New Book - Britain's Wartime Milkmen

  |  Published: Feb 20th 2015
It’s 1943 and the Buckinghamshire firm of Wren Davis take delivery of their first electric milk float. In the picture is Sydney Gough, their longest-serving employee at that time. Wren Davis Dairy still provides a service to the residents of Wendover and the surrounding area today. The photo appears in a new book: Britain's Wartime Milkmen by Tom Phelps.

When the bombs rained down and houses were reduced to piles of rubble, the familiar figure of the milkman picking his way along the street, jaunty cap on his head, was an immensely reassuring sight. Sometimes he would place a pint on the front step of a house where the only part of the building that had survived was the doorstep itself - knowing that neighbours would find where the occupants were sheltering and make sure they got their milk. Often the ‘milkman’ would actually be a woman, or a young boy, or a man too old for active service, because the regular roundsman had been called up. Many of those roundsmen never came home.

Britain’s Wartime Milkmen is a fascinating new book, packed with photographs and anecdotes, charting how our milkmen played a key role in the nation’s morale through the Great War and into the Second World War. One of the photographs shows the Buckinghamshire firm of Wren Davis taking delivery of its first electric milk float in 1943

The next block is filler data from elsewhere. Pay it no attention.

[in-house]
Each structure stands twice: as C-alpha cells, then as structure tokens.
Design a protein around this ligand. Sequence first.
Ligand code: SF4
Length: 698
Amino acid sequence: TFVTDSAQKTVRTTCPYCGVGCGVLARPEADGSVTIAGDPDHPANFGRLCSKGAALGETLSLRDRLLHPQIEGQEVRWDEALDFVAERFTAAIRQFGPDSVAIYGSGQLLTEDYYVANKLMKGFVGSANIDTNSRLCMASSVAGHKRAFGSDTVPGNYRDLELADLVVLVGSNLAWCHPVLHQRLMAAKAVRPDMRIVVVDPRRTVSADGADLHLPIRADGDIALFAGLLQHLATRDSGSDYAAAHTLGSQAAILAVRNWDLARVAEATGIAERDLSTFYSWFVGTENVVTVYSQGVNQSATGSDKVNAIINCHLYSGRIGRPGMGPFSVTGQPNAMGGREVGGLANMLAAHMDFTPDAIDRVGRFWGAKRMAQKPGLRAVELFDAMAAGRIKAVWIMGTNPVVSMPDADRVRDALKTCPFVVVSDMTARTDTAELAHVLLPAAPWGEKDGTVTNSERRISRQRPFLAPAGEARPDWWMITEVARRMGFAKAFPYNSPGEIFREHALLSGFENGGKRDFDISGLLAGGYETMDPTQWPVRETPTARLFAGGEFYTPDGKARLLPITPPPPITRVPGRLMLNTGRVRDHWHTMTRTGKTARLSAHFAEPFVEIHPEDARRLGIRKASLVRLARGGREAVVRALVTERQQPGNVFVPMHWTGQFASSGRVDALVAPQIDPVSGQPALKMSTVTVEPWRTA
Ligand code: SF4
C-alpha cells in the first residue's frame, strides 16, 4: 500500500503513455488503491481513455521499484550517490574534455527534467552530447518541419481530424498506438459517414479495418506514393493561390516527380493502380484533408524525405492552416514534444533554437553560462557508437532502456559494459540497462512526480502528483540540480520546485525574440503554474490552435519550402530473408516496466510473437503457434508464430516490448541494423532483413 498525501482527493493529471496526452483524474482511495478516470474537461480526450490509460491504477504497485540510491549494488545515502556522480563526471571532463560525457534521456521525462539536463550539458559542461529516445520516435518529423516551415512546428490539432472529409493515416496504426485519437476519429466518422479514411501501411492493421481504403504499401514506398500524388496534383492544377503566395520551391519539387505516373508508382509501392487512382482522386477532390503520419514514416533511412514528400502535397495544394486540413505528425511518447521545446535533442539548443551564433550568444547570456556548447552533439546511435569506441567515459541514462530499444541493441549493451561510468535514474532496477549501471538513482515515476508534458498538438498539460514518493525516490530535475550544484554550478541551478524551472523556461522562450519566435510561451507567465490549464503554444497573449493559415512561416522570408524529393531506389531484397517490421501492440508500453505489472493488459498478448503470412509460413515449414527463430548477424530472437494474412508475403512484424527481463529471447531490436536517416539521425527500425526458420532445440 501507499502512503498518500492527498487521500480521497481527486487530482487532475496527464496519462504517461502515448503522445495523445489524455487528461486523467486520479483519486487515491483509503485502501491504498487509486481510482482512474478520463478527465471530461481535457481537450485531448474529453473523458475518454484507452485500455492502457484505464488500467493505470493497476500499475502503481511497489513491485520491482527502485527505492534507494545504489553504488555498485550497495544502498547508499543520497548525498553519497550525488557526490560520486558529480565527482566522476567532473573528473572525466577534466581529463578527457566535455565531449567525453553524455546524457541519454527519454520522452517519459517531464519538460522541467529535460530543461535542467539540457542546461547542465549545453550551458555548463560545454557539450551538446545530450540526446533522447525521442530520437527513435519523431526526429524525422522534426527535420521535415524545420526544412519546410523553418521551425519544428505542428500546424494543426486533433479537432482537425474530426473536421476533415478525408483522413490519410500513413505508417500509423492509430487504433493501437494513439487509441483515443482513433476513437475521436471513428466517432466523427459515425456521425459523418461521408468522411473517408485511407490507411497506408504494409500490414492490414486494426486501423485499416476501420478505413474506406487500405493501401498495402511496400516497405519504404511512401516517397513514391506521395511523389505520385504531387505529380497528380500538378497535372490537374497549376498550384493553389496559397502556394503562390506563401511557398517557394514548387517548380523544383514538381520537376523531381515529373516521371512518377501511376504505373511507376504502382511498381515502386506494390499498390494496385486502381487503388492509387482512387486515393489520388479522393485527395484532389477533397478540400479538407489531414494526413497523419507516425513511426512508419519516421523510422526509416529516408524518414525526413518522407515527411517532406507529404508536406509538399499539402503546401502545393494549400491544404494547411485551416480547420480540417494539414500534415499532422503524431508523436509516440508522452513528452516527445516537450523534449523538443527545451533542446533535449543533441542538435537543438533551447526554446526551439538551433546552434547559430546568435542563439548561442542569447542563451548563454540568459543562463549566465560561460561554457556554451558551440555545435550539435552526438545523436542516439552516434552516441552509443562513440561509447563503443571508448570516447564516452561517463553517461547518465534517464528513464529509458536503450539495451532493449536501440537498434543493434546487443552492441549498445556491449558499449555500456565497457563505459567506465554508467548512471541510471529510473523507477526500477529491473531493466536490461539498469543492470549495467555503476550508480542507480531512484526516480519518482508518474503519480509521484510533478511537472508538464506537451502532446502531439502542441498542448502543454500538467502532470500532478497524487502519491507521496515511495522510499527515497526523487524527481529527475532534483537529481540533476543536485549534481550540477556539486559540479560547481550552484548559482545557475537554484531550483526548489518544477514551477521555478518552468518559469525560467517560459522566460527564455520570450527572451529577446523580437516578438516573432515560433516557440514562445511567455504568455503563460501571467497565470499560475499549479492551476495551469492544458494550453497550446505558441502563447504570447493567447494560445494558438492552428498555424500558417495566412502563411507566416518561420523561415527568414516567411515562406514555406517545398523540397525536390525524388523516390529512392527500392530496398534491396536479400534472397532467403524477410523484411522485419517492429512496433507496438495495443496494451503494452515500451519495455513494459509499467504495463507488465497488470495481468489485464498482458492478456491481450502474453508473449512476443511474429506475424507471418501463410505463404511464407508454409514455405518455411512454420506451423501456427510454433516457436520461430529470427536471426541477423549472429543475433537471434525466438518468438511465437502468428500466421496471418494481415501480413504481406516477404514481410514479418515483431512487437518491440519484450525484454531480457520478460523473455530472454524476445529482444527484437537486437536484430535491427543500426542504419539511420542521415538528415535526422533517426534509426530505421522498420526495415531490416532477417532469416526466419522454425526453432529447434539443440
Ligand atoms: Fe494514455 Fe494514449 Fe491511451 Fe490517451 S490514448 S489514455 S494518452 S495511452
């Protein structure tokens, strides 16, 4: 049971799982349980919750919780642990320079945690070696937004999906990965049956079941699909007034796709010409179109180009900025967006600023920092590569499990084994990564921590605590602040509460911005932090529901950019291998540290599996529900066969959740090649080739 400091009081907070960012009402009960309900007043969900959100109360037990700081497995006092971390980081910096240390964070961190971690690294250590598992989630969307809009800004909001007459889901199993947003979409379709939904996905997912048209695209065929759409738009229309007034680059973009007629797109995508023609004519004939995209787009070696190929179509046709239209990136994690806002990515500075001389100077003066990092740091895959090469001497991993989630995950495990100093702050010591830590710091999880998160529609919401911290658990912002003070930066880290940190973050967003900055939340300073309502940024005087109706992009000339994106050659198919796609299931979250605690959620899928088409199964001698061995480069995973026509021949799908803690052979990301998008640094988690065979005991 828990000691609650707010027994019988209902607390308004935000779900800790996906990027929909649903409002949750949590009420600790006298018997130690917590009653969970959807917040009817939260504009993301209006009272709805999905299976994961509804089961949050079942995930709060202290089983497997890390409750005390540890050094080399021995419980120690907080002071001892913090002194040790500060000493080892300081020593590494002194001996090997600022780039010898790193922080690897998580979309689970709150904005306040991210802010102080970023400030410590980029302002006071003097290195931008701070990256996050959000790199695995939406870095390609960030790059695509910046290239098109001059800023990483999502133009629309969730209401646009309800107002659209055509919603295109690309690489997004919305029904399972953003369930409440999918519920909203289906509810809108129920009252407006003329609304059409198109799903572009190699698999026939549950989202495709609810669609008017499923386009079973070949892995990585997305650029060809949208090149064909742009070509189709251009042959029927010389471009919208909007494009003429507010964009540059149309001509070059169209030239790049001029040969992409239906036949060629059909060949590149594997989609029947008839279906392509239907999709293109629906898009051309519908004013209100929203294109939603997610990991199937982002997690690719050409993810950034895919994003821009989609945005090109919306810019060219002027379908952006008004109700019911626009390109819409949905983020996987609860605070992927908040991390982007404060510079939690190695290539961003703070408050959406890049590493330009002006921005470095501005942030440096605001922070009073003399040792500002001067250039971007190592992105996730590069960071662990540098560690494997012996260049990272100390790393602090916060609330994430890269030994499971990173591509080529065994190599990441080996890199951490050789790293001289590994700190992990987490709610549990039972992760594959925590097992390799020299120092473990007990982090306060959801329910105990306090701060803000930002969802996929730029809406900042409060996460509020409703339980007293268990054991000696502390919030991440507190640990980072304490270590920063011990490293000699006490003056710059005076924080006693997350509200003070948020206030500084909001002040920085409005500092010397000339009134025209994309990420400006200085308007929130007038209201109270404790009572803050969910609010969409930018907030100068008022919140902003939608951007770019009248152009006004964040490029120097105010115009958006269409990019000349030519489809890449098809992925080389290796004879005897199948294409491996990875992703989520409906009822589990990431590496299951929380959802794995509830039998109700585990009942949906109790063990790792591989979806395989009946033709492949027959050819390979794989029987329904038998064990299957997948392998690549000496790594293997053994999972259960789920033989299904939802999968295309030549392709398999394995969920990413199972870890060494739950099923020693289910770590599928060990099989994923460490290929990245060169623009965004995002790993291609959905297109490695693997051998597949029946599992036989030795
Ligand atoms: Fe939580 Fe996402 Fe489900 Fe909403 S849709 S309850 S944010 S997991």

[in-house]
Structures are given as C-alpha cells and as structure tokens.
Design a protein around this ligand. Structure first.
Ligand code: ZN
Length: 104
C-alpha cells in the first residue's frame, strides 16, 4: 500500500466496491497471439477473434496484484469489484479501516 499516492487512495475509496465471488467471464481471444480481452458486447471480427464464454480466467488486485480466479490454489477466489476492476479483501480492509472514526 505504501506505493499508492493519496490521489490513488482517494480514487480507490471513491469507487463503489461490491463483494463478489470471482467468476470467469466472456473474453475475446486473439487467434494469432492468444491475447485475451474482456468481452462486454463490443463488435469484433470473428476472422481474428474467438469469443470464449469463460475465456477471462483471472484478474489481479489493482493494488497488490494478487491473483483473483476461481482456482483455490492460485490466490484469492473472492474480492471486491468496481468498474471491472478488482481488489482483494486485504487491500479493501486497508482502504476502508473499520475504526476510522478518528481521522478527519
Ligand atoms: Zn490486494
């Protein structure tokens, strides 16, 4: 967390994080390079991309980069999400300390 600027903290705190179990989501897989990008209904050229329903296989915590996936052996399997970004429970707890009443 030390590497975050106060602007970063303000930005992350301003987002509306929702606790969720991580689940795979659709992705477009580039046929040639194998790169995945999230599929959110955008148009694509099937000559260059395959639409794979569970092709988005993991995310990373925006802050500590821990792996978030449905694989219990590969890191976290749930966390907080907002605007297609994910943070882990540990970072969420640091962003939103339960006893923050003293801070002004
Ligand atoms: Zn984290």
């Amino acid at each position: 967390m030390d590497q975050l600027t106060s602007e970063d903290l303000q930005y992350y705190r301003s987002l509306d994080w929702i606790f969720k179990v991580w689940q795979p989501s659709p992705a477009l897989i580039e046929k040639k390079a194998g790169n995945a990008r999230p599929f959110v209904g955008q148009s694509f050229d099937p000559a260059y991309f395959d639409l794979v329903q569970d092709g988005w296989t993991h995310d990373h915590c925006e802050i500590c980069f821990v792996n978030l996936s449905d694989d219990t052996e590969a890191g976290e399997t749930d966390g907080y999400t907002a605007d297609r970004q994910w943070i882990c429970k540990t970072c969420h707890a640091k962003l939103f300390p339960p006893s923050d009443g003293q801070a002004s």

It also shows how the industry itself went through many changes: from three deliveries a day made by ‘milk pram’, a heavy handcart containing large churns from which the milkman measured out the milk for customers, to the introduction of bottled milk delivered by horse-drawn carts, and finally to the electric milk-float. Some of these changes were the result of advances in technology, but most – including the disappearance of small dairies and the advent of ‘cooperatives’ – were a product of war.

Milkmen became part of popular culture over this period, and a number went on to find fame in other professions, including comedian Benny Hill and actor Sean Connery. In addition to charting the changes that the industry went through, the book includes profiles of six milkmen including Ray Rookes who served in both world wars but still managed to walk 150,000 miles on his rounds during his 50-year career as a milkman; Ernest Briggs, who spent 30 years as a Cooperative Society milkman and whose son, Raymond, was to become a well-known children’s illustrator; and Dolly Williams who took over her husband’s East End round during WWII with her horse, Rita.

The author of Britain’s Wartime Milkmen, Tom Phelps, spent over 30 years in the dairy industry working for Unigate. Many of the photographs in this book have come from his own collection and many are being published for the first time.

Britain’s Wartime Milkman is a large-format paperback (250x170mm), 88 pages, with over 100 colour and black-and-white photographs. It will be published by Chaplin Books on March 5 2015 at £9.99 and will be available from all good bookshops and internet retailers, as well as direct from the publishers (

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